Maybe you’ve been there, too.  Maybe at some point you’ve said “Lord, I gave you my life and I’m following you- but this sickness is starting to make me wonder if You’re really on my side?”  Or, “Lord, you said you would provide but these bills are piling up? Are you there? Have you forgotten me?” Maybe you’ve watched a relationship crumble or a loved one die and it has left you in a pit of unmet expectations… And if so, then you can relate to what these Israelites were feeling.  And maybe you can even relate to them in how you handled the disappointment.  Unmet expectations can really mess things up in your life.  Cain slew his brother Able in a fit of unmet expectations.  David’s older brother Eliab became a bitter and angry man when God didn’t chosen him as he had expected.  When Jesus didn’t immediately form an army and defeat Rome after His triumphant entry into the city the Jews cried out “Crucify Him!” in a fit of unmet expectations.  Feelings of disappointment can very quickly become serious spiritual problems when not dealt with appropriately.

             moses rod In the situation there at Rephidim, Moses was the one who handled things the right way.  While the people busied themselves talking about God and what He hadn’t done, Moses hit his knees and talked TO God.  In verse 4 he asks a great question, perhaps the best question he could have asked: “What shall I do?” he says.  The moment Moses recognized a problem; the very moment the confusion hit, Moses took the issue to God.  Do you think God is so fragile that He can’t handle your questions? Do you think He would rather that you whined and complained, or even worse, pretended everything is ok? God can handle the cries of a confused heart.  David cried out in Psalm 22, “God, why have you forsaken me?” The Father didn’t wilt; David wasn’t immediately smitten with arm-pit lice and boils.  Talking to God in the midst of the disappointment is key.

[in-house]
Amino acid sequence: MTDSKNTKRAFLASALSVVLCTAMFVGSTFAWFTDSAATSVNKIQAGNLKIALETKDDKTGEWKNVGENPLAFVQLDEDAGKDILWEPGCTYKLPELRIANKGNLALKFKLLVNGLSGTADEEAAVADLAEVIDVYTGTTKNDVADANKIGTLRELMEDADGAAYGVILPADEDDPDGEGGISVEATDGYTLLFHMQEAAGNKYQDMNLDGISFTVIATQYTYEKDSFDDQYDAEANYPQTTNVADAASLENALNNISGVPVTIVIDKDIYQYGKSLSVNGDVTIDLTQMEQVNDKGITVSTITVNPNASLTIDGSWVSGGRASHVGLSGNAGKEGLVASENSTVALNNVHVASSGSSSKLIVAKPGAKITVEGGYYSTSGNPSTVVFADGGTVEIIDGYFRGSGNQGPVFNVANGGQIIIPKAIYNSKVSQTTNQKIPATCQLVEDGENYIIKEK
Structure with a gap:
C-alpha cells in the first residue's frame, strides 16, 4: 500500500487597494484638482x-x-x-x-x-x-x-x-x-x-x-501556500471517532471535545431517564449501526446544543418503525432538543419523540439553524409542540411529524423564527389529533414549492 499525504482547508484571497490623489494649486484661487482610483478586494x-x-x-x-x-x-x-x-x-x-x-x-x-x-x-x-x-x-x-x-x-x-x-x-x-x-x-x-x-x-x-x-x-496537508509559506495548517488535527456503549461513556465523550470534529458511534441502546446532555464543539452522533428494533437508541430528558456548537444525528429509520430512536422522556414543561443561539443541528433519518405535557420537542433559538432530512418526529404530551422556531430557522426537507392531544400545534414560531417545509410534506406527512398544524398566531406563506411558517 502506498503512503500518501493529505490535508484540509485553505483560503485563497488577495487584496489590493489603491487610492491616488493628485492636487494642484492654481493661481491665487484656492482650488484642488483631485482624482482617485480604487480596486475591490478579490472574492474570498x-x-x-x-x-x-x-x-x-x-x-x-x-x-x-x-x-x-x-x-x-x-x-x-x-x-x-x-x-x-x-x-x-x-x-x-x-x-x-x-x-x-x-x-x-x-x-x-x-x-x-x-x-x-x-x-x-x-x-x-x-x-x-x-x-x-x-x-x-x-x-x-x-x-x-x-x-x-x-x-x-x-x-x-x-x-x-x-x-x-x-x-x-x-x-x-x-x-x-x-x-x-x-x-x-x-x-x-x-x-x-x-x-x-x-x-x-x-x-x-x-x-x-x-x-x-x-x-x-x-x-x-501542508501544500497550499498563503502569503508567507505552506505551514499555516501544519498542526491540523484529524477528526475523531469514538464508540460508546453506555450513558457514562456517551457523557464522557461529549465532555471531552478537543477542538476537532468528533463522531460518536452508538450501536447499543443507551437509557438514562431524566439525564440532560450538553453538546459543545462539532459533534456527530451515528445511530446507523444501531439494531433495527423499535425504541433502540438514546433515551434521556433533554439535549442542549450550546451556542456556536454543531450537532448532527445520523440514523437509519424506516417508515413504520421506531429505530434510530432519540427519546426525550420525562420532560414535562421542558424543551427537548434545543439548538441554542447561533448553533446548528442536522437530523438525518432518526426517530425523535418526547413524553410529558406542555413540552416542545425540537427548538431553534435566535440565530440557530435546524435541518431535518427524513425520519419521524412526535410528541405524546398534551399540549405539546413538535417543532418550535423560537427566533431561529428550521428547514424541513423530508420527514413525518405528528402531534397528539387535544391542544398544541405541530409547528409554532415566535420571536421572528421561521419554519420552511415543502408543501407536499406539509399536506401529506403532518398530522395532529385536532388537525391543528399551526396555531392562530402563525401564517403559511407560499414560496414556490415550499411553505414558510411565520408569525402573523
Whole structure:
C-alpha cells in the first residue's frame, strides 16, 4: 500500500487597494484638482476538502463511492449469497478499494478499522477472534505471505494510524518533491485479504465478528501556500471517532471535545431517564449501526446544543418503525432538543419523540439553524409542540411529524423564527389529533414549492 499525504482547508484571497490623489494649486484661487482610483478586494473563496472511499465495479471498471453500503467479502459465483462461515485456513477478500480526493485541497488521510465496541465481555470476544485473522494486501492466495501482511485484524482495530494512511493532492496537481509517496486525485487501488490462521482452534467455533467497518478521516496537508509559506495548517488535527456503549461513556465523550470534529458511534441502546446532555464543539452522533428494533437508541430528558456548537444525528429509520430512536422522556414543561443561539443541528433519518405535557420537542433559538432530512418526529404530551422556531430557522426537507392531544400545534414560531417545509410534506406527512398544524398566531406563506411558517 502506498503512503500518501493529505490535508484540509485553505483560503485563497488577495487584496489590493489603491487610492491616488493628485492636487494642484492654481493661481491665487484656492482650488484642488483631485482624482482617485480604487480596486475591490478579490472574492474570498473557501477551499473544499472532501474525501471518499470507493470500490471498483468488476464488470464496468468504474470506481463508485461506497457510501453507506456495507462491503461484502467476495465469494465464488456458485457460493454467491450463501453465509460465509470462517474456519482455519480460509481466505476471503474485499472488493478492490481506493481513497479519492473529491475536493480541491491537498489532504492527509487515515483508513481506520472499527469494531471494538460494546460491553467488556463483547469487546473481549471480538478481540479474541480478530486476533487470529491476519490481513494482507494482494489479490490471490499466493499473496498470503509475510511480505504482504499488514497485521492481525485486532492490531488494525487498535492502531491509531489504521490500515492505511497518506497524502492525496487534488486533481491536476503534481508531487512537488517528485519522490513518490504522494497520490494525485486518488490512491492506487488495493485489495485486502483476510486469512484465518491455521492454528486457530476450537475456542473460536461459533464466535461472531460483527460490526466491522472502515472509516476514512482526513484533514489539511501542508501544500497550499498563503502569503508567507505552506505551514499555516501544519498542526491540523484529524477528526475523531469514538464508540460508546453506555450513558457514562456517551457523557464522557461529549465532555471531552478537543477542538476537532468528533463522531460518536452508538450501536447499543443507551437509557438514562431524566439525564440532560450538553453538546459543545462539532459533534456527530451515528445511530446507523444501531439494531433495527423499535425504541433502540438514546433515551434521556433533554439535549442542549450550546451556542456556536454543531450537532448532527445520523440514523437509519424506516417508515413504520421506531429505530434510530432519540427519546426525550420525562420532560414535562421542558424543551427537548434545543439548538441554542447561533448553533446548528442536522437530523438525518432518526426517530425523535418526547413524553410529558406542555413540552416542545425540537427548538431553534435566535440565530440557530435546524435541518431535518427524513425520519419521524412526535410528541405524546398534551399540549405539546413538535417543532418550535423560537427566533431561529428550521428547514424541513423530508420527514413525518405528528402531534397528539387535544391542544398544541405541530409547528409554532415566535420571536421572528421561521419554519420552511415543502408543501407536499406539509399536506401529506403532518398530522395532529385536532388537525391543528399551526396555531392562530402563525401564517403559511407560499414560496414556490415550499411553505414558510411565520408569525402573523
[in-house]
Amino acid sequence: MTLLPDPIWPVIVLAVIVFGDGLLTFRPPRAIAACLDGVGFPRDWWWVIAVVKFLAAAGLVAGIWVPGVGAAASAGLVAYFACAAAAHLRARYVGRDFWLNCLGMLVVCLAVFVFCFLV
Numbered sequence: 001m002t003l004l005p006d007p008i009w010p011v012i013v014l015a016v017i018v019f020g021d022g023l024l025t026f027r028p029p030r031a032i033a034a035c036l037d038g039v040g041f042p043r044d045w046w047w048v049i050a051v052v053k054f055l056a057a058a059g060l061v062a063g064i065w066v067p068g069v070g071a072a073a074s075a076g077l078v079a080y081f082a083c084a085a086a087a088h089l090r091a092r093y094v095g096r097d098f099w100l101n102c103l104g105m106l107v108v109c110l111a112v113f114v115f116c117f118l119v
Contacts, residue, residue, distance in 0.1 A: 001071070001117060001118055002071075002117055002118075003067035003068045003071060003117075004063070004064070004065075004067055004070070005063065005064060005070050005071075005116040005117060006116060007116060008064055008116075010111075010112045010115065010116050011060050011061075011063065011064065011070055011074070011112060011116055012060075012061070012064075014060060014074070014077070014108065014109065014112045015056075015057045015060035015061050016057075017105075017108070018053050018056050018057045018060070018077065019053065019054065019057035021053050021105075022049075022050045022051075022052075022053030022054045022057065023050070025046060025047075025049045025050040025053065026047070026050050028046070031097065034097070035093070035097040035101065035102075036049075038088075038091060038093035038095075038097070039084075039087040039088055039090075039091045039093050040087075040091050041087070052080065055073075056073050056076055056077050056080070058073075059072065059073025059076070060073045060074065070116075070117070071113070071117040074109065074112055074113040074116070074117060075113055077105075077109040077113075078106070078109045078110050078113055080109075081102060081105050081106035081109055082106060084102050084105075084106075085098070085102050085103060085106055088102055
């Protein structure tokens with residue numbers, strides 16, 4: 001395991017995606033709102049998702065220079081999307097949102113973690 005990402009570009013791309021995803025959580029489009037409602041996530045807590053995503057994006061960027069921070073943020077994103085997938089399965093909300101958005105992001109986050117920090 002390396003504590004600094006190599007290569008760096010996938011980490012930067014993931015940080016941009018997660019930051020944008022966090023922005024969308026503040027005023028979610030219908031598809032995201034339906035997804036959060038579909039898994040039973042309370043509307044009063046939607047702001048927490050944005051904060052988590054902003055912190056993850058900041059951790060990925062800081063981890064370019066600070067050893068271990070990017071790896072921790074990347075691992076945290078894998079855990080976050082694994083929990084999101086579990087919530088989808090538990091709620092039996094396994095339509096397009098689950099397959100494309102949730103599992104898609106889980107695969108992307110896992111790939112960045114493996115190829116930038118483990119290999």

Next, Moses listened.  He cried out to the Lord and then he listened.  He didn’t take matters into his own hands (Cain!).  He didn’t throw a pity party (Eliab, I’m looking at you!).  He listened for what the Lord would say.  And I know what someone is saying right now, “That’s all good, but God doesn’t talk to me like He did to Moses!” Really? He speaks to me.  In the pages of His word He speaks to me. And that’s not just preacher-talk; this isn’t all some clever pastoral marketing scheme to get you to read your Bible more.  He really does speak to us today through scriptures.  Sometimes while I’m reading them and other time when He brings a passage to my remembrance at just the moment I need it.  He speaks to us.

               Finally, we must note the most crucial part of Moses’ plan for handling unmet expectations: He trusted.  Moses prayed, God spoke, and then Moses trusted the plan.  It’s seemed wild: go strike a rock with a stick.  But Moses trusted.  Friends, our God never says “Uh, oh” He never says “Whoops,” He never says, “Huh- didn’t see that coming.”  Nothing throws Him off- nothing surprises Him- nothing can cause Him to get up from the throne and pace the floorboards of heaven wringing His hands with worry. He has said, “I know the plans I have for you.”  Whatever you are going through; whatever disappointment you are facing; whatever empty water hole you’re staring at, you can believe that God knew about it before you did and you can trust that He has a plan to use it to grow you.

               So what happened at Rephidim? Did God get some bad intel from his scouts? Did google maps mis-mark the oasis?  No.  He knew there was no water there.  His plan all along was to show His power in the midst of an impossible situation.  And Israel almost missed it, and WOULD have missed it had not Moses been the one to rightly handle the unmet expectation.  What will you do the next time what you expect and what you get don’t line up? Will you talk about God or to God? Will be bitter and let Him make you better?

Won’t you pray this with me; “Father, help me in my disappointments both big and small to cry out to You and trust.  Lead me to the water of Your word in every moment of grief, and use these distresses to make me into the child You’ve called me to be. Amen.”